The vision of the WebTorrent project is to extend the BitTorrent protocol so that it becomes more web-friendly, allowing any browser to become a peer in the torrent network.

That’s why I’m super excited that libtorrent – the engine that powers many of the most popular torrent clients including qBittorrent, Deluge, and many more – has added support for the WebTorrent protocol.

WebTorrent support in libtorrent opens the door for many more torrent clients to connect to browser peers. Browser peers (which must use WebRTC) will now be able to access a huge trove of torrents currently only available to TCP/UDP peers.

The WebTorrent protocol allows peers to connect over WebRTC in addition to the widely supported TCP and UDP transports. In fact, UDP support itself was added to the BitTorrent protocol in a protocol extension (see the μTP protocol) and now UDP is the primary transport used by BitTorrent clients.

With this big news, we’re one step closer to the vision of browser-based torrents. One day soon, you’ll be able to navigate your web browser to any site with a JavaScript torrent implmentation embedded – like or βTorrent – and be able to torrent anything available in the normal torrent network.

While desktop torrent clients aren’t going anywhere anytime soon, now the web browser will become a viable alternative to an installed torrent client. This is huge for less-technical users, users who can’t install native apps, or users who just feel safer using a website. WebTorrent offers more options and more ways to connect.

Torrent clients that can speak to both traditional TCP/UDP peers (orange) as well as the WebRTC-only browser peers (blue) are called “hybrid” peers (green). The libtorrent support for WebTorrent means that there are about to be a lot more hybrid peers!

The wider WebTorrent world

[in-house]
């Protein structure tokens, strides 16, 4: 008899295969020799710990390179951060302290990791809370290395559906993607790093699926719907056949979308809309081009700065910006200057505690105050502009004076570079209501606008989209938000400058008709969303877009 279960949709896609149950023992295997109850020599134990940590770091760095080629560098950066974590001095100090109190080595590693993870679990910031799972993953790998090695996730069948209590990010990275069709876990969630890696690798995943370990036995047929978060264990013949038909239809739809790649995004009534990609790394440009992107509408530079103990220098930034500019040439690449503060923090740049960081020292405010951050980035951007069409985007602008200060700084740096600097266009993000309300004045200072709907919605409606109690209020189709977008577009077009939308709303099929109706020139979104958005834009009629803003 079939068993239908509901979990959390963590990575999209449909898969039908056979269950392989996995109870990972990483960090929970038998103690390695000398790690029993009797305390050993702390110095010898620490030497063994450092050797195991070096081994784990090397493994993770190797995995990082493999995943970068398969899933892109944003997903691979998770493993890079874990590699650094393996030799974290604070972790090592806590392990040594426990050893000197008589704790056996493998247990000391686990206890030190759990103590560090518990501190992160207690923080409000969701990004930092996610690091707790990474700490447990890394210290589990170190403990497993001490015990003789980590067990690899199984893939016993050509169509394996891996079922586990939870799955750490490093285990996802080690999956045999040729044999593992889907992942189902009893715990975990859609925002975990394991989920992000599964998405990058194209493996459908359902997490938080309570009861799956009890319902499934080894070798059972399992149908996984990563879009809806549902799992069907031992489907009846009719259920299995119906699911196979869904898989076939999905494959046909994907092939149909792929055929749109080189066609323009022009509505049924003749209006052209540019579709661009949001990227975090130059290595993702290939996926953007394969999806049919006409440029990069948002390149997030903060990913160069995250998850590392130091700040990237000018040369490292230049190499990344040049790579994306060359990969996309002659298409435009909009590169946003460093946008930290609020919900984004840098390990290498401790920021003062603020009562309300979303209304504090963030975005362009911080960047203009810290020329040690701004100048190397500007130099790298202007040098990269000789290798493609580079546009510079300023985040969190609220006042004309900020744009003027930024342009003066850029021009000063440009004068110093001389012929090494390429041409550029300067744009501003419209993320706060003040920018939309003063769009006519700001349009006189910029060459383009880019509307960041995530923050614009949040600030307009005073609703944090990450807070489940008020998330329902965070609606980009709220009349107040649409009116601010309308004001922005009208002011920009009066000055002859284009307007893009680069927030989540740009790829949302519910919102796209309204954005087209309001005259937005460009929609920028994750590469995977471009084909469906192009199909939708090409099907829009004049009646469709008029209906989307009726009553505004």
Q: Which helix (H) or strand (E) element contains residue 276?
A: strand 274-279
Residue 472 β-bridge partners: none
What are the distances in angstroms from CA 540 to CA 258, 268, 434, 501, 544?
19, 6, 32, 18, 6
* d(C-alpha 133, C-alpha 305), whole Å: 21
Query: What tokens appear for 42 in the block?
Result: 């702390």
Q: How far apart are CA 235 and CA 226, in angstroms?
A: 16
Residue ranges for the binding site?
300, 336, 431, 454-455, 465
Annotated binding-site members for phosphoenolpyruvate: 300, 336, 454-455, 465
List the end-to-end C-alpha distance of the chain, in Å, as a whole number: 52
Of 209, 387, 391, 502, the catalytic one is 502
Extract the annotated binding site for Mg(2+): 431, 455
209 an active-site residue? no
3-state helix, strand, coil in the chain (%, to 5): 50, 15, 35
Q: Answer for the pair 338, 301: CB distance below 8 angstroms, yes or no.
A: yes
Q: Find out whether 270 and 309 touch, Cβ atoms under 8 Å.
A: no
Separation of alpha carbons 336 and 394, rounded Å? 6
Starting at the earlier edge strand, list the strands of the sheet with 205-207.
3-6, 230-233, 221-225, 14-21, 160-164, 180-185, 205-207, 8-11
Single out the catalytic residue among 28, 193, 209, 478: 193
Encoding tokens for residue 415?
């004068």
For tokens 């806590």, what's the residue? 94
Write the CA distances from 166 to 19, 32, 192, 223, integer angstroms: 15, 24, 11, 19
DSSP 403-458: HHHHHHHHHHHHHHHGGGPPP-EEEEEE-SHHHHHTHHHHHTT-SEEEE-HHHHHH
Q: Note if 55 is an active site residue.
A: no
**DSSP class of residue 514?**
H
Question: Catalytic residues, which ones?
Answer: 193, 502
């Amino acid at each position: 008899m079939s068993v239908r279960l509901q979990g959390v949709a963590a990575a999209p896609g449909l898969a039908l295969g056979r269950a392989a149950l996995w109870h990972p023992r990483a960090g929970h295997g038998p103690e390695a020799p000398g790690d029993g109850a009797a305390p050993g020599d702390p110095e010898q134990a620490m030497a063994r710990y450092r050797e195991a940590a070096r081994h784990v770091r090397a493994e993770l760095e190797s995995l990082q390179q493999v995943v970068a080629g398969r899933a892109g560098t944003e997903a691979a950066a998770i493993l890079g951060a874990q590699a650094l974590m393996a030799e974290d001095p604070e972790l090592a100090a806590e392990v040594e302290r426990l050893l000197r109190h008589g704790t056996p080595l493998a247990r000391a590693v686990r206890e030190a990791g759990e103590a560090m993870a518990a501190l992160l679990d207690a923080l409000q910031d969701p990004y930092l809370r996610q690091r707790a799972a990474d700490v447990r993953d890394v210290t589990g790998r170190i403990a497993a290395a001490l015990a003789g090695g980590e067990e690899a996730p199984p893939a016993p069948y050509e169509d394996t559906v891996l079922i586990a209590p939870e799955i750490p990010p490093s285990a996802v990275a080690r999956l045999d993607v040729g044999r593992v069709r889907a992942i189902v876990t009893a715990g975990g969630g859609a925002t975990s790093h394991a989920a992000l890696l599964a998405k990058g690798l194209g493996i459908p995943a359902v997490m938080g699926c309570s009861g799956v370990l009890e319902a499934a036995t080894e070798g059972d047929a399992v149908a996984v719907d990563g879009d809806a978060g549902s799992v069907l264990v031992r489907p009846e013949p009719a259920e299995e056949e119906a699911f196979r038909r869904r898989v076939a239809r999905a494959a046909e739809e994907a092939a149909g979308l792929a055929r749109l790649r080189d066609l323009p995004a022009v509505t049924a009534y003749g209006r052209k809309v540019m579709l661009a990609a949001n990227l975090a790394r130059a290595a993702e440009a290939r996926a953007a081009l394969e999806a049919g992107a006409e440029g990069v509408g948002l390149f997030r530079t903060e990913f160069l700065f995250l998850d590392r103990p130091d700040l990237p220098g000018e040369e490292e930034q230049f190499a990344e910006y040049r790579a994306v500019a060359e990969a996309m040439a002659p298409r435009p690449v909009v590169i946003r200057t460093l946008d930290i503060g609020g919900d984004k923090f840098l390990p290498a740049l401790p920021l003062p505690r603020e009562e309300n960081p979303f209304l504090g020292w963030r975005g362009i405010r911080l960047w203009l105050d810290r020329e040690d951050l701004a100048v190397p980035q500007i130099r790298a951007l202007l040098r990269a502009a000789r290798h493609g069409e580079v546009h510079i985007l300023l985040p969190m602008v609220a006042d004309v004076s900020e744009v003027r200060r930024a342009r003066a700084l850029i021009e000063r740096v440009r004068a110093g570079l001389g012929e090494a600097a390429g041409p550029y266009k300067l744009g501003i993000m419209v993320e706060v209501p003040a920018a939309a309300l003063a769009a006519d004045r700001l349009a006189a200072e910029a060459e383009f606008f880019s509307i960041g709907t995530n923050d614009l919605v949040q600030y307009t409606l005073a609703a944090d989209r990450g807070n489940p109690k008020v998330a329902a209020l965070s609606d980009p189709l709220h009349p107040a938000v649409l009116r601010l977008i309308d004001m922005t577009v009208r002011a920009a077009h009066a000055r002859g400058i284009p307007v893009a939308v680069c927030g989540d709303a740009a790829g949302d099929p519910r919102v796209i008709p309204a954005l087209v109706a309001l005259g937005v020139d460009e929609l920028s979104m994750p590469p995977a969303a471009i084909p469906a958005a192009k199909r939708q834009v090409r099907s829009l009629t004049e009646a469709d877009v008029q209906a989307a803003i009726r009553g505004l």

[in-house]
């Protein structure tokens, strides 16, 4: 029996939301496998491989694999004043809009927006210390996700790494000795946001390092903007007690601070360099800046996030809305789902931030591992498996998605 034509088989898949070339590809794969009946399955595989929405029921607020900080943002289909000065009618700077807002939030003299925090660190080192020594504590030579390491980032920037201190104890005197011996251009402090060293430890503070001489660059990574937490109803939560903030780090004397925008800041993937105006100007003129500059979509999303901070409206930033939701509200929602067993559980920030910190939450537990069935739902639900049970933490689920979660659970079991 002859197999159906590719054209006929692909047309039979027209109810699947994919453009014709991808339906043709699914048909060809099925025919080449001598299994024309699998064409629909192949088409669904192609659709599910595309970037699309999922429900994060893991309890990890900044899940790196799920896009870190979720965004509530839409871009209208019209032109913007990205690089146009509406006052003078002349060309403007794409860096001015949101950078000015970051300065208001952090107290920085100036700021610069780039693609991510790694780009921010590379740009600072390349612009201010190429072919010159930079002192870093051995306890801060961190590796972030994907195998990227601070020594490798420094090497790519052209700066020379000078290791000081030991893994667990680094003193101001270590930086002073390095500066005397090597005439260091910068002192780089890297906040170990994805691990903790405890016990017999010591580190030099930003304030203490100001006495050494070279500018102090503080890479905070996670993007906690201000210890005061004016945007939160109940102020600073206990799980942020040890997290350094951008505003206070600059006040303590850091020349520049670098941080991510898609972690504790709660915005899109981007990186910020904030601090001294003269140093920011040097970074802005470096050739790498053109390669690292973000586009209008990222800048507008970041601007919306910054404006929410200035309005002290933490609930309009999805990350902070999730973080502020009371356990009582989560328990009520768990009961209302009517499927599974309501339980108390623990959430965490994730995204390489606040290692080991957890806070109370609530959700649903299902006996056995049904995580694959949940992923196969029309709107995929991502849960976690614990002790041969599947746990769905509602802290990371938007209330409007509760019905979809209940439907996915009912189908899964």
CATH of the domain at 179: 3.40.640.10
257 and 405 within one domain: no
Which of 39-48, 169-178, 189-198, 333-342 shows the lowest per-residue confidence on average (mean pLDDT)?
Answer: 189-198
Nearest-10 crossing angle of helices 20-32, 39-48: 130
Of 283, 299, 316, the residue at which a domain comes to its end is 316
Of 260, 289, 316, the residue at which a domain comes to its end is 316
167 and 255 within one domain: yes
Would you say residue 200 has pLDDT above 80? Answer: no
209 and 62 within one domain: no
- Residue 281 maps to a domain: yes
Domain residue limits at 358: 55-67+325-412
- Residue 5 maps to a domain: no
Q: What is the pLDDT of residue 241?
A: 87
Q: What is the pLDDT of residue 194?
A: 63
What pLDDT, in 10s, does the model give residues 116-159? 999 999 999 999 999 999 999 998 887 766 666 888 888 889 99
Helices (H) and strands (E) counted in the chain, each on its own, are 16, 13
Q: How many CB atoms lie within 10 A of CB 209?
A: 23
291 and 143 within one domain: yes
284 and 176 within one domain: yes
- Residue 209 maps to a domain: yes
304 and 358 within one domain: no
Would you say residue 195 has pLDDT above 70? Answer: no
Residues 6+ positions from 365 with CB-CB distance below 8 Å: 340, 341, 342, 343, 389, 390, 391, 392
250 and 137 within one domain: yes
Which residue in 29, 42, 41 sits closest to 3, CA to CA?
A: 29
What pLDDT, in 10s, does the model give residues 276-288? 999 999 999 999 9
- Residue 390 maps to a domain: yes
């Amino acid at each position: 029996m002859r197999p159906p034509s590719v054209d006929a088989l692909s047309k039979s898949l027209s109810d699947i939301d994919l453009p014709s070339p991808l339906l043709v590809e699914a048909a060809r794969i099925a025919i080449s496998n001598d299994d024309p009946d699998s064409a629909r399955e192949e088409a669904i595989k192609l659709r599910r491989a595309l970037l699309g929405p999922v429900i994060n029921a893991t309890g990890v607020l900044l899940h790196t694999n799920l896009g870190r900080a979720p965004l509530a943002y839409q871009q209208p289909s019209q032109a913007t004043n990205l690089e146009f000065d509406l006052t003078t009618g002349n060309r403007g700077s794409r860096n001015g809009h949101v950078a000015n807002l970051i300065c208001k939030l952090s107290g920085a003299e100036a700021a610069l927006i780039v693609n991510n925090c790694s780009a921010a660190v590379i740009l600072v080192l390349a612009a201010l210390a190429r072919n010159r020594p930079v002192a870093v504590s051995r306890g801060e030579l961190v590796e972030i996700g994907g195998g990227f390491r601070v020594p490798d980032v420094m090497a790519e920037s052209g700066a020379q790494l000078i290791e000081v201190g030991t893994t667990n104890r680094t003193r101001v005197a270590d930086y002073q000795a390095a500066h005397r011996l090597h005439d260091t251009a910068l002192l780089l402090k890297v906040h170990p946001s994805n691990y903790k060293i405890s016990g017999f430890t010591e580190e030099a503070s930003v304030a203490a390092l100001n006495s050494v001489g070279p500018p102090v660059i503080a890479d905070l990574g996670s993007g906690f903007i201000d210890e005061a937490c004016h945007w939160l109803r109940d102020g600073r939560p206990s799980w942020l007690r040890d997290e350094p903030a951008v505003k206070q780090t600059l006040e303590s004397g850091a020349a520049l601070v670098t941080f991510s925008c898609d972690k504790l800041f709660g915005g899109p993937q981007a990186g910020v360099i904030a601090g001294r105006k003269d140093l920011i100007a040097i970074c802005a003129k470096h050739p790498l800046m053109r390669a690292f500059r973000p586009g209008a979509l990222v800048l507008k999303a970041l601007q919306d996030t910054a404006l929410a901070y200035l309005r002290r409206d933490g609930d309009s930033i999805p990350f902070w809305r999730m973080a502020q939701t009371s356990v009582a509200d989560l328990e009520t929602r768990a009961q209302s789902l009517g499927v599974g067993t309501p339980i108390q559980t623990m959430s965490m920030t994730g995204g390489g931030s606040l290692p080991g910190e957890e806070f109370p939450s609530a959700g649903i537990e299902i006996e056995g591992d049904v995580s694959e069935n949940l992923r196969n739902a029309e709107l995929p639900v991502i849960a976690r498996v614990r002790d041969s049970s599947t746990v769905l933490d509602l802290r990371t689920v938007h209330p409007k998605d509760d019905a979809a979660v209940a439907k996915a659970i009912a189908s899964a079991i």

WebTorrent is more than a protocol extension to BitTorrent.

We build a popular desktop torrent client, WebTorrent Desktop, which supports powerful features like instant video streaming.

We also build a webtorrent JavaScript package which implements the full BitTorrent/WebTorrent protocol in JavaScript, the language of the web. This implementation uses TCP, UDP, and/or WebRTC for peer-to-peer transport in any environment – whether Node.js (TCP/UDP), Electron (TCP/UDP/WebRTC), or the web browser (WebRTC). In the browser, the webtorrent package uses WebRTC which doesn’t require a browser plugin, extension, or any kind of installation to work.

If you’re building a website and want to fetch files from a torrent, you can use webtorrent to do that directly client-side, in a decentralized manner. Our recently released WebTorrent Workshop is helpful for getting started and teaches you how to download and stream a torrent into an HTML page in just 10 lines of code.

const client = new WebTorrent()

const torrentId = ''
const torrent = client.add(torrentId)

torrent.on('ready', () => {
  // Torrents can contain many files. Let's use the .mp4 file
  const file = torrent.files.find(file =>'.mp4'))

  // Display the file by adding it to the DOM
  file.appendTo('body', { autoplay: true, muted: true })

See this code in action on CodePen.

Also, I want to remind everyone that WebTorrent has been built into the popular, privacy-focused Brave browser since 2016. Just click on .torrent files or magnet links and they’ll magically work. And that’s all powered by WebTorrent.

With support for the WebTorrent protocol in libtorrent-based torrent clients, you’ll soon be able to connect to more peers which means faster, more reliable downloads.

The future is bright for WebTorrent!

(If you liked this, you might like Freedom of Speech on the Internet.)

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Feross Aboukhadijeh

I'm Feross, an entrepreneur, programmer, open source author, and mad scientist.

I maintain 100+ packages on npm. All my code is freely accessible on GitHub and funded by my supporters. I now offer a support contract for companies and teams.

I build innovative projects like WebTorrent, a streaming torrent client for the web, WebTorrent Desktop, a slick torrent app for Mac/Windows/Linux, and StandardJS, a JavaScript style guide, linter, and automatic code fixer.

I also work on fun projects like BitMidi, a free MIDI file database, Play, a music video app, and Study Notes, a study tool with college essay examples.

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